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RCN dropping analog channels

Customers will need converter boxes as cable firms switch to digital

Email|Print|Single Page| Text size + By Carolyn Y. Johnson
Globe Staff / June 14, 2008

Cable companies battling for television customers are increasing their high-definition offerings and scaling back analog channels, in a move that means some customers will need additional hardware to tune in.

Next month, RCN Corp. begins a nine-month shift to all-digital, dropping its lineup of analog channels in the Boston market to make room for more digital channels. Verizon Communications Inc. began to go all-digital in May, with plans to offer 150 HD channels by year-end. Comcast Corp. said it will continue to offer analog service to customers as it pushes toward digital offerings. But in Boston and Brookline, the company increased its capacity by offering only basic analog channels, and next week, it will launch five new HD channels in both places.

Depending on the provider, that means subscribers used to plugging a TV directly into coaxial cable may now need a digital converter box for every TV in their house, or else the sets will go dark. Verizon provides up to three free digital converter boxes to analog customers. RCN will offer a free converter box for each customer without one and charge $2.95 per month for each additional box. Because Comcast will continue to transmit analog channels, a cable box is not required.

The bigger effect of the shift may be on customers' second or third televisions. In Massachusetts, 80 percent of RCN's customers already have a converter box, according to Richard Wadman, RCN's Boston general manager. In New England, over 70 percent of Comcast's customers are digital cable customers.

Even so, those who have a set-top box or cable card on one set may have other TVs that are plugged directly to a coaxial cable. Those TVs receive analog channels, or - if the sets have built-in digital tuners - any digital channels not encrypted.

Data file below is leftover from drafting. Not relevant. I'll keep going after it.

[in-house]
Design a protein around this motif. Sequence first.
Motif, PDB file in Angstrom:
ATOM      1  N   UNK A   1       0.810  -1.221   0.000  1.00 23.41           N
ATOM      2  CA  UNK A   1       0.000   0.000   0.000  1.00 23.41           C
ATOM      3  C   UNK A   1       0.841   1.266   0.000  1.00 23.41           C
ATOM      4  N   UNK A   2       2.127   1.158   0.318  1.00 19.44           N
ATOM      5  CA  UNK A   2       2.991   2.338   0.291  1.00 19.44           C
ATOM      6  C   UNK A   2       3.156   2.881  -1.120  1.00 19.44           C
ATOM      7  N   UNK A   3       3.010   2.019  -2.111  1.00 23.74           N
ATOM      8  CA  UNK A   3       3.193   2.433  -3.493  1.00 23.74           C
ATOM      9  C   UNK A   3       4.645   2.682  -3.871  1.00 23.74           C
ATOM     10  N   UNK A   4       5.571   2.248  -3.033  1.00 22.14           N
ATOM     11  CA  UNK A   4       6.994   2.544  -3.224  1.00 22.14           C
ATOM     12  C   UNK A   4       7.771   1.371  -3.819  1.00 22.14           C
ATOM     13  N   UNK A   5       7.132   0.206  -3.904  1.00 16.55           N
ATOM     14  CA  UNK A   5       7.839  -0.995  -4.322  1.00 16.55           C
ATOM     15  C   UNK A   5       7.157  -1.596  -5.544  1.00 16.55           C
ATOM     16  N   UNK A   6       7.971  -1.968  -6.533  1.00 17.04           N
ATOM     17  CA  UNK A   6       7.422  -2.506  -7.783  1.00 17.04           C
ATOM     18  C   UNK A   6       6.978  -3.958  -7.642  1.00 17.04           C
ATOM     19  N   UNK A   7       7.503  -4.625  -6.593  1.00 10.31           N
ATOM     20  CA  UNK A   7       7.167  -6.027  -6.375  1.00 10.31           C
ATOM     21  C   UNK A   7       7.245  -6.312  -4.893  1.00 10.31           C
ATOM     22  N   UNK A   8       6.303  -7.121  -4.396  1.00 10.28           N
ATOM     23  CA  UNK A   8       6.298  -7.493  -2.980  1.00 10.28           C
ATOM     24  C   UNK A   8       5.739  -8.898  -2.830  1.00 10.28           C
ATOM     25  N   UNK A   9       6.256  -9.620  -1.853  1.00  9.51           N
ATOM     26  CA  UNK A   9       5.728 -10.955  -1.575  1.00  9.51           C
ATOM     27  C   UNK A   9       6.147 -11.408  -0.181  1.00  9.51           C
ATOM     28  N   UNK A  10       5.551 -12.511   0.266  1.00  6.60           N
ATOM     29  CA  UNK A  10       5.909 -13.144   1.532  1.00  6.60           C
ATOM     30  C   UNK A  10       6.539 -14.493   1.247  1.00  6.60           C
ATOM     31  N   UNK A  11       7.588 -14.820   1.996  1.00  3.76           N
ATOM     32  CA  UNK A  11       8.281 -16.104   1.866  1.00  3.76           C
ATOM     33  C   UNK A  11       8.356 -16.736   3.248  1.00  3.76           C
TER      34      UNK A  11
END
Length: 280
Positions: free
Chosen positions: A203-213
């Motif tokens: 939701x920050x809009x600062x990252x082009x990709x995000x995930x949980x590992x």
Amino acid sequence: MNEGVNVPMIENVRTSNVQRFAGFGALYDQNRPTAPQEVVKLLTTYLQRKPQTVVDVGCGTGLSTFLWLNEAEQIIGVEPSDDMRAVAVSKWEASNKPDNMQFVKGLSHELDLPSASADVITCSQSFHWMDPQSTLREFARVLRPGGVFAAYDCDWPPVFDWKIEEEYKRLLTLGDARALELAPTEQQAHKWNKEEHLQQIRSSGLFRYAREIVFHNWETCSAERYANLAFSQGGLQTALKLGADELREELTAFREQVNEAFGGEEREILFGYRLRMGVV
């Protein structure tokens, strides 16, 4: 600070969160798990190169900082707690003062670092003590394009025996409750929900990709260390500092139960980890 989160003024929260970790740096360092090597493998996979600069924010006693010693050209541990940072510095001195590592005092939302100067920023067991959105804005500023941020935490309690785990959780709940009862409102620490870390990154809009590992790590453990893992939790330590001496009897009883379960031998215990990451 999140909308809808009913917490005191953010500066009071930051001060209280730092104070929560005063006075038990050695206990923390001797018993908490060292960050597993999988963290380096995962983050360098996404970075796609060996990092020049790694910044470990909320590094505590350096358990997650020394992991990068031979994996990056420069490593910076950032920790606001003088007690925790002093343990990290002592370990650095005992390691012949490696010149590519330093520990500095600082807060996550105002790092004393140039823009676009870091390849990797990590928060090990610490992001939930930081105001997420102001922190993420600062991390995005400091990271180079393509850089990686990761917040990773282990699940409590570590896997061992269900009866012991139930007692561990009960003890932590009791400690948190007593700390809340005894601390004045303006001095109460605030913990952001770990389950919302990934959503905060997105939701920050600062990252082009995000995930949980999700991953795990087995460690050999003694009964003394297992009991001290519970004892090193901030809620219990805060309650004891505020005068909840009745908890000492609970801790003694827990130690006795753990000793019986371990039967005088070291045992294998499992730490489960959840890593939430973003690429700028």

"That extra set that is getting 60 channels - that number is decreasing slowly," said Bruce Leichtman, president of Leichtman Research Group, a telecom research firm.

The federal government has tried to educate consumers about a different digital transition - the end of over-the-air analog broadcasts. By next February, people who watch TV with an antenna will need a digital converter box. The government is offering $40 coupons to subsidize the cost of the con verter box. A study by Leichtman Research released this month showed 84 percent of US adults were aware that over-the-air broadcasts were switching to digital transmissions.

In contrast, the shifts occurring at cable providers are driven by competition, and may take customers by surprise. Cable companies competing with each other and with satellite providers are scaling back analog offerings to make room for more efficient digital programming. Each analog channel is the equivalent of three HD or 10 standard-definition digital channels. As the number of HD televisions in homes continues to increase, companies seek an edge through the variety and number of HD channels they offer.

That edge could be especially important for cable upstart RCN, which lost cable customers in Massachusetts last year. But the end of analog cable could rankle some RCN customers, because of another change that comes with the transition. An RCN subscriber with a type of built-in digital tuner in a TV could until now watch digital programming just by connecting the TV to a coaxial cable. But as the company eliminates analog channels, it is also encrypting digital channels so that a box or cable card needs to be used. RCN charges $1.50 a month for the cards. Comcast encrypts the vast majority of its digital channels, as does Verizon.

"For people who have multiple TV sets, this is a costly process," said Edgar Dworsky of Somerville, a frustrated RCN customer who runs ConsumerWorld.org.

Derek Atkins also of Somerville said adding enough HD boxes to bring programming to all of his TVs would add $50 to his monthly bill. With the free cable box from RCN, he wouldn't be able to receive the HD channels that he is already receiving without a box, so he plans to switch to satellite.

"It's really annoying now that I'm able to get more channels by unplugging my RCN," Atkins said. "I can plug an antenna in the TV and get more HD channels than they're giving me."

Carolyn Y. Johnson can be reached at cjohnson@globe.com.

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